Over the past few months the emerging policies have been reviewed in consultation with partner organisations and agencies, taking into account pilot project evaluations and research findings, including the results of an independent review of safer cells by the Jill Dando Institute (JDI). The Prison Service Investment Board, who considered the JDI report, has recommended that the use of safer cells remains valid and investment in them should continue as previously planned.

  In the meantime, the number of safer cells planned for installation during the next 12 months remains as 122, with a further approximate 1,100 due for installation in 2005 as part of the construction of the new prisons at Peterborough and Ashford.

  You asked us to compare the growth in the number of policy officials, administrators and so on, with the growth in numbers of front line police officers or other people doing front line jobs in the service.

  Staff numbers for the Home Office Group are published annually in the Annual Report (tables 6(i) and 6(ii) in the 2003 report), but these do not distinguish between those carrying out policy, administrative, front line, or indeed other functions, for example inspection. We also collect data on staff on a regional basis, but the number in the central London headquarters has only been collected through ad hoc exercises. The data is, therefore, insufficient to provide a precise answer to the committee; however, we can supply the following:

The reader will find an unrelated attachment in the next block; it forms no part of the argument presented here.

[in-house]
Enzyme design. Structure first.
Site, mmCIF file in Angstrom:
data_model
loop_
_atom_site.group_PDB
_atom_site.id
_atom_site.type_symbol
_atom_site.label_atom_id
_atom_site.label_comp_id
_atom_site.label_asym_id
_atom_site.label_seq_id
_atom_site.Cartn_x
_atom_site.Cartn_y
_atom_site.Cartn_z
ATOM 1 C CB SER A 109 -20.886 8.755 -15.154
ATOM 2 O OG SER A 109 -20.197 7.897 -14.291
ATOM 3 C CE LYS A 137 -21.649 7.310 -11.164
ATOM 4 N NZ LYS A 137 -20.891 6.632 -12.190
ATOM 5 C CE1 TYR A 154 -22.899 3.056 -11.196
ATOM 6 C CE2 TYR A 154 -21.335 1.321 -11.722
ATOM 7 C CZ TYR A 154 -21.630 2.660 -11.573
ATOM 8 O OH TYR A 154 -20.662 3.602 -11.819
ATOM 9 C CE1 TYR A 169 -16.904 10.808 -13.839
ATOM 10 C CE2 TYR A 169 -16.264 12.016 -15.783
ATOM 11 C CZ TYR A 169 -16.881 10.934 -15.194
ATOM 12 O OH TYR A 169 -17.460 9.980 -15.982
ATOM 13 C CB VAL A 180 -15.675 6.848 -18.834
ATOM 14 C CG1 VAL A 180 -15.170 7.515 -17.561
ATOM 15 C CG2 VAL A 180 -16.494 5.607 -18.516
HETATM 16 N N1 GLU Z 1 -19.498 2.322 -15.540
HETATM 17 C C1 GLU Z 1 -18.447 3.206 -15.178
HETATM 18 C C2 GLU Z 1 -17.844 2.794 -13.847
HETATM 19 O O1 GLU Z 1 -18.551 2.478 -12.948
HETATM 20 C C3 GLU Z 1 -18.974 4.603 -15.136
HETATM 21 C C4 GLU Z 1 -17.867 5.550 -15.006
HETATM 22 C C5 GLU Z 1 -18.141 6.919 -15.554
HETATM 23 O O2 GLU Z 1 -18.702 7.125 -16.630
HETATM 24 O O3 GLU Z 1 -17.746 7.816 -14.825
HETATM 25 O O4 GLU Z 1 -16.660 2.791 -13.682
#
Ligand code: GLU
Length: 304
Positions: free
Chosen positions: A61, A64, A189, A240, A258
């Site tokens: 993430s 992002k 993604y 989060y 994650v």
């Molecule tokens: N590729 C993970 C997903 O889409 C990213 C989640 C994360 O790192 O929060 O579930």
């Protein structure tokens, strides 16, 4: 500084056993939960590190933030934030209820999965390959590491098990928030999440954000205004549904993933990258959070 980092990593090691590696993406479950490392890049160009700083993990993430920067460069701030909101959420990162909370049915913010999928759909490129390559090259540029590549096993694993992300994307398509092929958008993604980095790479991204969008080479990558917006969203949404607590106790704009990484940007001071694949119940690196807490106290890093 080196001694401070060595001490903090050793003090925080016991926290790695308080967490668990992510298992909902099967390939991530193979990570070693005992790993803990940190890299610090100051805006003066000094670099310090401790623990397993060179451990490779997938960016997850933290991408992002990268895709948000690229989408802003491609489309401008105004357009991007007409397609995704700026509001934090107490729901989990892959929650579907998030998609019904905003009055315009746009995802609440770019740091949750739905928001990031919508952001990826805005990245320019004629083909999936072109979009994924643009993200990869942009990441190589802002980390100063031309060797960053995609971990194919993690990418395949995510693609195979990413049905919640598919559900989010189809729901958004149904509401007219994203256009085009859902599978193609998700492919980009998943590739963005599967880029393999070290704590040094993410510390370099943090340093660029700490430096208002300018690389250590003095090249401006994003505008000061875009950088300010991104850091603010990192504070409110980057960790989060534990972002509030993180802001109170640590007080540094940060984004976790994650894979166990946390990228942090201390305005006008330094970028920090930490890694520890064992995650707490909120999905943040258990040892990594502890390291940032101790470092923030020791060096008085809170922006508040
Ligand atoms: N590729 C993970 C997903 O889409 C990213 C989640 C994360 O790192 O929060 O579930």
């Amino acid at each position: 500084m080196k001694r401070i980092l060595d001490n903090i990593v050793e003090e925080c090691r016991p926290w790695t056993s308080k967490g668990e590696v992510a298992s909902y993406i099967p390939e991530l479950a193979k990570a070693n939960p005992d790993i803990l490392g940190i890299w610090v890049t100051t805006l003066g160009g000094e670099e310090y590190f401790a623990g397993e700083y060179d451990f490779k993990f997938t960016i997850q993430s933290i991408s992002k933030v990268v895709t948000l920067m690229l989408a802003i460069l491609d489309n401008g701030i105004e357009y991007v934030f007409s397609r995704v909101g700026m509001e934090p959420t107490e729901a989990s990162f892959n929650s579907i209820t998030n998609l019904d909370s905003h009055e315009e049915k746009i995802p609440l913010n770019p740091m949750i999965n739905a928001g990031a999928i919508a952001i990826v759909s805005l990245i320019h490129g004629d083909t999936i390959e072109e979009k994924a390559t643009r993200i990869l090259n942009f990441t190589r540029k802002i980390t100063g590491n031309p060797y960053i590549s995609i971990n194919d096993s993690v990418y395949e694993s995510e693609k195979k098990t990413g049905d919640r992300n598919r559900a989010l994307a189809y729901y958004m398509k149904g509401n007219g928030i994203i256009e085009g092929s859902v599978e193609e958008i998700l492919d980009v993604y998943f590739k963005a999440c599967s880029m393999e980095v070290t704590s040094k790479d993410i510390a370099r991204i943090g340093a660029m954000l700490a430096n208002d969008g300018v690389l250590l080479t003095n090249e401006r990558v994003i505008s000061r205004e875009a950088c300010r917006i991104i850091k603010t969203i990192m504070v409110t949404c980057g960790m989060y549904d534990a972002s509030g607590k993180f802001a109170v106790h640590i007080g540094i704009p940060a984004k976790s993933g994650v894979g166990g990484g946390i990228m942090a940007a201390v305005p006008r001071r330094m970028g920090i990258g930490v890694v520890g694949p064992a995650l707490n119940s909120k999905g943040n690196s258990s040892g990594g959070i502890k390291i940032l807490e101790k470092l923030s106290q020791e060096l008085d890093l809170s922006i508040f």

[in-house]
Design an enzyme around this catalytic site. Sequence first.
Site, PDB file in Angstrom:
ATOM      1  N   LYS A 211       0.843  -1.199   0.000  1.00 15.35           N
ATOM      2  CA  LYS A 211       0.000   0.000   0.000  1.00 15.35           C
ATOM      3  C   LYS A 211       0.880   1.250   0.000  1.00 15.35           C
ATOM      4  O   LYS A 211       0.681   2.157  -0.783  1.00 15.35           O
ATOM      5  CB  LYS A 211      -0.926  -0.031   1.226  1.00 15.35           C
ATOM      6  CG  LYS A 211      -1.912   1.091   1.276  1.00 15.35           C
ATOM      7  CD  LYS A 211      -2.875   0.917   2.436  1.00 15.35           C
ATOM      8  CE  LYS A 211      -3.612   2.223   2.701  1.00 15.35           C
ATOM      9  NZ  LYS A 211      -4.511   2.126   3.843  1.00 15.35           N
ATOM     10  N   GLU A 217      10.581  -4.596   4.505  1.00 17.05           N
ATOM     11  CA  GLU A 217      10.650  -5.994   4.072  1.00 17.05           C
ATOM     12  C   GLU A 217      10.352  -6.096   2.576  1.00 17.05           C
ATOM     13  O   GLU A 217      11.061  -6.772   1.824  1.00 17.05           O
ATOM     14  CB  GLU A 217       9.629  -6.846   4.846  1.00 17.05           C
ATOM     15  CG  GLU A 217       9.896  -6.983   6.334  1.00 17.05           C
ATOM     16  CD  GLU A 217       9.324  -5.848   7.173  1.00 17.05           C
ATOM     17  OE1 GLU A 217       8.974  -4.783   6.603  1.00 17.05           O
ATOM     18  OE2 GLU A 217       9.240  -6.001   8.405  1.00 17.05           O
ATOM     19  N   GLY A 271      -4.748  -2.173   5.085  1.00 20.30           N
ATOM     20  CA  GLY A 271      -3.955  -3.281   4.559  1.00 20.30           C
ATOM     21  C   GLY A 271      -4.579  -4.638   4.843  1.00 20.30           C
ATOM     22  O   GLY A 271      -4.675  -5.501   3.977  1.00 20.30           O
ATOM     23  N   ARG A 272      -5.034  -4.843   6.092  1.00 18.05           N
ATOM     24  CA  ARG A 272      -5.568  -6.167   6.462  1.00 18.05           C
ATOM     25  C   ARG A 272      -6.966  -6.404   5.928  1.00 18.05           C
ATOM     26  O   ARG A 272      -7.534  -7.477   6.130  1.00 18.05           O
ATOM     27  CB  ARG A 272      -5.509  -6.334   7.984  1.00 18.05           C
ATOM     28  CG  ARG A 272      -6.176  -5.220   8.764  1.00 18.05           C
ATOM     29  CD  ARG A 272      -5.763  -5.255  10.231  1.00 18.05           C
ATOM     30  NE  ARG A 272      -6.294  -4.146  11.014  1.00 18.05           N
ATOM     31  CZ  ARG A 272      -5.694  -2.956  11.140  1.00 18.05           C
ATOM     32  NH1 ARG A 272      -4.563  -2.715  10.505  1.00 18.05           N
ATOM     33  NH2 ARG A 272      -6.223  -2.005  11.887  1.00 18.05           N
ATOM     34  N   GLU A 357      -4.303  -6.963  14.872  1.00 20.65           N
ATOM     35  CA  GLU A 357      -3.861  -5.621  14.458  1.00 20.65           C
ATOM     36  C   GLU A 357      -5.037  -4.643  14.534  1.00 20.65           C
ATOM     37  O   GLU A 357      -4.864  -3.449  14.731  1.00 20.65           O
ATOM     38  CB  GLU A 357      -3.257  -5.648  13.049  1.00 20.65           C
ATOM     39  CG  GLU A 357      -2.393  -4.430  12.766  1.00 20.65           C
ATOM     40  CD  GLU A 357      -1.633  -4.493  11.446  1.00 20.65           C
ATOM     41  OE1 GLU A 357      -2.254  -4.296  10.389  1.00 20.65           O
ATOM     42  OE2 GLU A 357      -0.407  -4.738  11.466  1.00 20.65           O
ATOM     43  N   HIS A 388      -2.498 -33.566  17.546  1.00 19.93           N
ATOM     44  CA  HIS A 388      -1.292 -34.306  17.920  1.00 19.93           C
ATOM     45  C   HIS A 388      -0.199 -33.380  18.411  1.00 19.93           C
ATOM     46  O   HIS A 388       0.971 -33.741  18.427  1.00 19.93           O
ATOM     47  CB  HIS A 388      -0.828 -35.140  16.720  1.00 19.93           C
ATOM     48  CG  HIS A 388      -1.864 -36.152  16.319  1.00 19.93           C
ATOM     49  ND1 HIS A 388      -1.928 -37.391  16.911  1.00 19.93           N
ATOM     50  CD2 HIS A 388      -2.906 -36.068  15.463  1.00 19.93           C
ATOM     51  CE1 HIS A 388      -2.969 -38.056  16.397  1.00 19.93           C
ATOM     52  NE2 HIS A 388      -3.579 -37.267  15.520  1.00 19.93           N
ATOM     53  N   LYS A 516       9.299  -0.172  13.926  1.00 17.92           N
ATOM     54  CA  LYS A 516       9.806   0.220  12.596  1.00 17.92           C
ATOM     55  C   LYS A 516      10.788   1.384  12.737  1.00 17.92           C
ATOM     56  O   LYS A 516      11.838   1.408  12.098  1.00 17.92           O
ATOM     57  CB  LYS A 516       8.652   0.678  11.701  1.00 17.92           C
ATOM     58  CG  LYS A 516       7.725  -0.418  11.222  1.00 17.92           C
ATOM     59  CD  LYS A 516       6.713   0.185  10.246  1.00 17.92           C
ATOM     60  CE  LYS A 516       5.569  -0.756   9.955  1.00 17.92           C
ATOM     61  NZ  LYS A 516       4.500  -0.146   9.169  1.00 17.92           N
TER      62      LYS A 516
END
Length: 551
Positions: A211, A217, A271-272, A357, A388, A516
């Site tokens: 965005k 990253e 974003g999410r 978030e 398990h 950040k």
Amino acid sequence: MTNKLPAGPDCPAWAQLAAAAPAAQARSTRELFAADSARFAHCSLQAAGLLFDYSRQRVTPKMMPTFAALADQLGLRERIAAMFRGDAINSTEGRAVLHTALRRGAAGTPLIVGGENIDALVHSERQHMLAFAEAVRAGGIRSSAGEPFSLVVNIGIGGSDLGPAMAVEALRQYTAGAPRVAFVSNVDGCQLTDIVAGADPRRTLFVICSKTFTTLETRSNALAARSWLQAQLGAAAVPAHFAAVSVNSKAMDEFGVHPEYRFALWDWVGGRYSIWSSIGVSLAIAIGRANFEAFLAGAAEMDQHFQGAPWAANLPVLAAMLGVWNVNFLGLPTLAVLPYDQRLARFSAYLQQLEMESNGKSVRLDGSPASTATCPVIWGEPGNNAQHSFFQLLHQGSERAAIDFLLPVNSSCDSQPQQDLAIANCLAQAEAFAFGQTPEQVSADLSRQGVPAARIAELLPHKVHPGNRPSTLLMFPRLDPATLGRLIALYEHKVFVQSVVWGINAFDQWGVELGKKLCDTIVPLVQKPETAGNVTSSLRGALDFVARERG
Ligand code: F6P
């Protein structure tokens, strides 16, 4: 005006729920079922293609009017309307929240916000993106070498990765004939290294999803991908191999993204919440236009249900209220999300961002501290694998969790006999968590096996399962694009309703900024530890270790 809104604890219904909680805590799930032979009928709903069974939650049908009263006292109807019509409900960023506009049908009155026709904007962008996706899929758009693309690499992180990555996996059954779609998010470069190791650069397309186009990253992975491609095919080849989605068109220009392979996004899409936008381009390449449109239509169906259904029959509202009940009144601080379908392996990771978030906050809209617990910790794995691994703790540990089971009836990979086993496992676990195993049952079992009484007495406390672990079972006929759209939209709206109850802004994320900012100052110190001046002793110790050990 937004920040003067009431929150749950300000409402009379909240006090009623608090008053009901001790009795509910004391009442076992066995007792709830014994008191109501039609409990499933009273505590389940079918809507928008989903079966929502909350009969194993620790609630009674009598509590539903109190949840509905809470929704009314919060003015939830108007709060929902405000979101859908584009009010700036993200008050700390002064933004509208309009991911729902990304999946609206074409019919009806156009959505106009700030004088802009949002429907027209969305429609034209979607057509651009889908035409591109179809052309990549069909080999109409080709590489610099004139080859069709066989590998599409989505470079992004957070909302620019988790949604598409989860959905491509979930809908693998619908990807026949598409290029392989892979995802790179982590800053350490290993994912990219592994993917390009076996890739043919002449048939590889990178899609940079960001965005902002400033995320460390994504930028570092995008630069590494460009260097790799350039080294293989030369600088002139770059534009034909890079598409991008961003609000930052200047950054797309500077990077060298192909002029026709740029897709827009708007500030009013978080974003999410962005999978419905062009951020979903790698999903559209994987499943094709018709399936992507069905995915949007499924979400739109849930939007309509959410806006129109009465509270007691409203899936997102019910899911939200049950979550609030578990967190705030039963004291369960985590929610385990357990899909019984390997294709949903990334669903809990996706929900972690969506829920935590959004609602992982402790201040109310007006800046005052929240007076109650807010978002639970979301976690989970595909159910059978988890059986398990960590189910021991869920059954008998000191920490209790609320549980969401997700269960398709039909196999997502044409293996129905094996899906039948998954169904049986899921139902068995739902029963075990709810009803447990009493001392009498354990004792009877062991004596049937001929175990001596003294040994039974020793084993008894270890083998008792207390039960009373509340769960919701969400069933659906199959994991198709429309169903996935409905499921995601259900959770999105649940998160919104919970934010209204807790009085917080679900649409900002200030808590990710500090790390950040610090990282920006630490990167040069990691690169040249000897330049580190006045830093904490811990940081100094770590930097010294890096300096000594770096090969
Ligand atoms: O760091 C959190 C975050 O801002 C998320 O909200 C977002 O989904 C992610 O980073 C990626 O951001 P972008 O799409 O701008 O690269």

In 1996-97 the central Home Office (excluding IND) numbered some 4,100 full-time equivalent staff, including secondees and agency staff. A review conducted in September last year identified that there were 4,715 staff on the same basis. During that time there has been considerable change within those totals, with machinery of Government changes and a focus on front-line delivery to reflect policy developments such as the creation of the National Probation Directorate.